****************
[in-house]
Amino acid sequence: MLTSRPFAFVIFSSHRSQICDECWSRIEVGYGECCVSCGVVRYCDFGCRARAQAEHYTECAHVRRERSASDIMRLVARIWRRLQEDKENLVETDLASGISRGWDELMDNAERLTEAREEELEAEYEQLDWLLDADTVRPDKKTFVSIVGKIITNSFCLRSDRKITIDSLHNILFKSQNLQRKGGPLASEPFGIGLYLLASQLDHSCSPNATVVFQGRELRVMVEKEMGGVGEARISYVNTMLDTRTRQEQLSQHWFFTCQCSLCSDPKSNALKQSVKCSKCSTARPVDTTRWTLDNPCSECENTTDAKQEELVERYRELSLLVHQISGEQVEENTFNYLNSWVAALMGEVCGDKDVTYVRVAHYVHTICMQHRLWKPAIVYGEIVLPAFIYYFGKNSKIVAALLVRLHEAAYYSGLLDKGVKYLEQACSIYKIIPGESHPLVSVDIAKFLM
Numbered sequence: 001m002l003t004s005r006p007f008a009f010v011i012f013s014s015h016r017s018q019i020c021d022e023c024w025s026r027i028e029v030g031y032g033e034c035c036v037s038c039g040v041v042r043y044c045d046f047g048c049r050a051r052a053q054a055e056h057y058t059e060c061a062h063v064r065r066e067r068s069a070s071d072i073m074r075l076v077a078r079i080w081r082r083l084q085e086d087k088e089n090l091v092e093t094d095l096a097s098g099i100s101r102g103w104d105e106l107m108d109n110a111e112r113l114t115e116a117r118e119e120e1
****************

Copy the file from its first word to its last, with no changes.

[in-house]
Amino acid sequence: MLTSRPFAFVIFSSHRSQICDECWSRIEVGYGECCVSCGVVRYCDFGCRARAQAEHYTECAHVRRERSASDIMRLVARIWRRLQEDKENLVETDLASGISRGWDELMDNAERLTEAREEELEAEYEQLDWLLDADTVRPDKKTFVSIVGKIITNSFCLRSDRKITIDSLHNILFKSQNLQRKGGPLASEPFGIGLYLLASQLDHSCSPNATVVFQGRELRVMVEKEMGGVGEARISYVNTMLDTRTRQEQLSQHWFFTCQCSLCSDPKSNALKQSVKCSKCSTARPVDTTRWTLDNPCSECENTTDAKQEELVERYRELSLLVHQISGEQVEENTFNYLNSWVAALMGEVCGDKDVTYVRVAHYVHTICMQHRLWKPAIVYGEIVLPAFIYYFGKNSKIVAALLVRLHEAAYYSGLLDKGVKYLEQACSIYKIIPGESHPLVSVDIAKFLM
Numbered sequence: 001m002l003t004s005r006p007f008a009f010v011i012f013s014s015h016r017s018q019i020c021d022e023c024w025s026r027i028e029v030g031y032g033e034c035c036v037s038c039g040v041v042r043y044c045d046f047g048c049r050a051r052a053q054a055e056h057y058t059e060c061a062h063v064r065r066e067r068s069a070s071d072i073m074r075l076v077a078r079i080w081r082r083l084q085e086d087k088e089n090l091v092e093t094d095l096a097s098g099i100s101r102g103w104d105e106l107m108d109n110a111e112r113l114t115e116a117r118e119e120e1